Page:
It was wonderful to explore the grounds before the crowds got heavier and then to top it all off we were taken to the nearby Taj Khema for a champagne breakfast overlooking the Taj Mahal. There was sitar player in the corner, a palm reader in another and more pancakes and champagne than this girl could want for – I’ll doubt I’ll ever have another breakfast like it.
It’s hard to follow a high like a morning at the Taj Mahal but Gwalior’s stone fort and colossal Jain sculptures offer an impressive contrast. After visiting one of India’s most famous tourist attractions it was interesting to visit little-known Gwalior and find ourselves the only foreign faces.
That evening we enjoyed a dinner fit for a Maharaja in the fairy-lit grounds of Jai Vilas Palace, a section of which remains the residence of the Gwalior royal family.
Jai Vilas Palace is also a museum which houses a fascinating collection of the royal family’s furniture, clothing, thrones and a model train drinks service made of pure silver!
The gold-leaf adorned Durbar Hall blew us all away with its 2 x 3.5-tonne chandeliers, the legend of which goes that 8 elephants were led up to the roof to check they could hold the weight of them before they were hung.
Day 5 – Khajuraho
Winning the award for the sauciest excursion of the trip is day 5 in Khajuraho.
Khajuraho was an important capital of the Chandela warrior kings who ruled Madhya Pradesh from the 9th to the 13th centuries AD but its temples were lost for many years until a British army captain rediscovered them in 1838.
Today, the Khajuraho Temples are one of the most visited sites in India due to the detailed sculptures and engravings in their sandstone that depict deities, war, relationships and couples executing some of the moves of the Karma Sutra.
The erotic details of the carvings have made the temples somewhat controversial (the naughtiest sculptures includes scenes of orgies and bestiality) but the fascinating insight they provide into what seems like a much more liberal age of love-making was really interesting to me. (Find out more in this BBC article.)
PS I’ve chosen a picture of one of the more tame sculptures but prudish readers may want to scroll quickly.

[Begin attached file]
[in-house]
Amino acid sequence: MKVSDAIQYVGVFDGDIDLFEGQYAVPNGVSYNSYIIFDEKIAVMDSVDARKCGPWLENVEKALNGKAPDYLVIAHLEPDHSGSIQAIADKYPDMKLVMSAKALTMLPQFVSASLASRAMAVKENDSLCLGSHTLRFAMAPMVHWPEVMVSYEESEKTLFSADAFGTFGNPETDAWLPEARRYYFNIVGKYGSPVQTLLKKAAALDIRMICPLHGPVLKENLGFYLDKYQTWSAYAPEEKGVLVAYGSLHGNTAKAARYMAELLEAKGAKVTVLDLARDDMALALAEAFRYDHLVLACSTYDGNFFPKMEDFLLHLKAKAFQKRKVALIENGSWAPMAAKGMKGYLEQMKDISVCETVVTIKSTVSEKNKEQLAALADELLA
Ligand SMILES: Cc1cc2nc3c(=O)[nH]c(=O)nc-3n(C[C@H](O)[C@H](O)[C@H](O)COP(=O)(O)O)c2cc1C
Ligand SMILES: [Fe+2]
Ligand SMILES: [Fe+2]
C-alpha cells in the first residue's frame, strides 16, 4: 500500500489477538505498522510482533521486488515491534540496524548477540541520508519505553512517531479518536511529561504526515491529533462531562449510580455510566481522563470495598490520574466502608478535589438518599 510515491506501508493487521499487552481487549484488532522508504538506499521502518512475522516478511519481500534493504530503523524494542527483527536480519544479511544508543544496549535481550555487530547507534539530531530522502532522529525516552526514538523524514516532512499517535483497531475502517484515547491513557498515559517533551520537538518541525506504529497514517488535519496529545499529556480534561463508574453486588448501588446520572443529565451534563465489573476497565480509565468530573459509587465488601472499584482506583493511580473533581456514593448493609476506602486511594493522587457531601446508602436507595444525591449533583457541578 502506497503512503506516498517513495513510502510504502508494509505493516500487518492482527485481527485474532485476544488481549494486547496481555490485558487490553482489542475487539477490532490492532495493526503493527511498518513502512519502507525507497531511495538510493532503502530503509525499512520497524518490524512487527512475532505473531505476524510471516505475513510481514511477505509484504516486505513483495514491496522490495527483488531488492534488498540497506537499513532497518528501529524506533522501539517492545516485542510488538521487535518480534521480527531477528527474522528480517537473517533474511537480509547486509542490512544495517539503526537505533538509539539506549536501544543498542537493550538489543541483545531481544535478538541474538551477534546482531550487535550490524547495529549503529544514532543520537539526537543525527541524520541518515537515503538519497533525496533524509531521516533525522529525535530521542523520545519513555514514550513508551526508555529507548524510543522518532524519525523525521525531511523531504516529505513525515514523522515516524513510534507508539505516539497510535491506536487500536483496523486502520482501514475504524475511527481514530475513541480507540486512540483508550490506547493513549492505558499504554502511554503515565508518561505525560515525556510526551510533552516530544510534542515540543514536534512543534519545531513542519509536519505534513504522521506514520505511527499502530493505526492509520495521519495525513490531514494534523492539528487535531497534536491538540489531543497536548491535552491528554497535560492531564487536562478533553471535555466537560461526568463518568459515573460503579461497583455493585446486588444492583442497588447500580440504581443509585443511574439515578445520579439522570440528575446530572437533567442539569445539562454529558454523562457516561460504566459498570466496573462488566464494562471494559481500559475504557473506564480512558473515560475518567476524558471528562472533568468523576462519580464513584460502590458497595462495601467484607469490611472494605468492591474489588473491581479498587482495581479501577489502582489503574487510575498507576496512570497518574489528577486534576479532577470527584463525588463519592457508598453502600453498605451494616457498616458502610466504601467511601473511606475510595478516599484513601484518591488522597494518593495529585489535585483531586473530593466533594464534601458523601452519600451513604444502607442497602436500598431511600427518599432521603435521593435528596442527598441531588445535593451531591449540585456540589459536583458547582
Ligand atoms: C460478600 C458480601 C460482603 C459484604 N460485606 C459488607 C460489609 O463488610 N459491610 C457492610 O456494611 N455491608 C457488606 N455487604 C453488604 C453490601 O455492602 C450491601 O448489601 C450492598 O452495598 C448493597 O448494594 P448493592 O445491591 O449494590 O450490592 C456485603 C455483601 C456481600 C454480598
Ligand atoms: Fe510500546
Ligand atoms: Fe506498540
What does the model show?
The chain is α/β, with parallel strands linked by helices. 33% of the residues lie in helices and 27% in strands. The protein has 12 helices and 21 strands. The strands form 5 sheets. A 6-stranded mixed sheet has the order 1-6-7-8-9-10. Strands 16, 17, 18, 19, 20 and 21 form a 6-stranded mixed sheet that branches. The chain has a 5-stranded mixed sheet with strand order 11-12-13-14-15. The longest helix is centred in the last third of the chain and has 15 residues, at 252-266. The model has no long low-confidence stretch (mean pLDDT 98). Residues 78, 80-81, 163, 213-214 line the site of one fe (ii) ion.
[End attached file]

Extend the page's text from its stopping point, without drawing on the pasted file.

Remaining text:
Day 6 – Varanasi
The most moving experience I had on the Maharajas’ Express was visiting the holy city of Varanasi and cruising down the Ganges.
Varanasi is one of the oldest living cities in the world and the River Ganges that runs through it is considered the holiest river in India.
The Ganges is considered sacred in Hindu culture, it has the power to purify sins and end the cycle of death and rebirth, and so many make the journey to bathe in its waters or be cremated on the banks of the river.
On our boat trip down the River Ganges, witnessing locals going about daily life juxtaposed to the burning pyres of the cremation ghats, the importance of this river becomes abundantly clear.
We also had the incredible opportunity to partake in the daily aarti ceremony, a ritual involving flames, chants and offerings, in which the river is thanked and worshipped. It was one of the biggest displays of faith I’ve ever witnessed and the memory of it has long stayed with me.
Day 7 – Lucknow
Our last stop on the India Panorama was to Lucknow, a city I must admit I knew very little about. Referred to as the ‘City of Nawabs’ (the title of the Muslim rulers who governed the state of Awadh during the 18th and 19th centuries), Lucknow is home to the dramatic ruins of Bara Imambara, Chota Imambara, Rumi Darwaza and the Imperial Residency, which was the scene of a mutiny and siege in 1857.
The unexpected beauty of the Chhota Imambara is what I will remember most about this city. The imambara was built as a congregation hall for Shia Muslims by the Nawab of Awadh in 1838. Today, it is the final resting place for the Nawab and his mother and holds a dazzling collection of chandeliers and crystals that have earned it the nickname The Palace of Lights.
Day 8 – Delhi
On this twinkly note our explorations on the Maharajas’ Express come to an end. This journey introduced me to some of the most prestigious, memorable and significant sights of northern India – giving me just enough information to know I’d love to go back again!
About Maharajas’ Express
The Maharajas’ Express is one of the most luxury tourist trains in India and has won the title of world’s leading luxury train 5 times in the row.
Fares for the 8-day Indian Panorama on the Maharajas’ Express start from $5980 USD and include all meals, drinks, accommodation and excursions. Visit the official Maharajas’ Express website for special companion offers and further details on the train experience and journey.
You may also like:
Top image thanks to one of my travel buddies Midnight Blue Elephant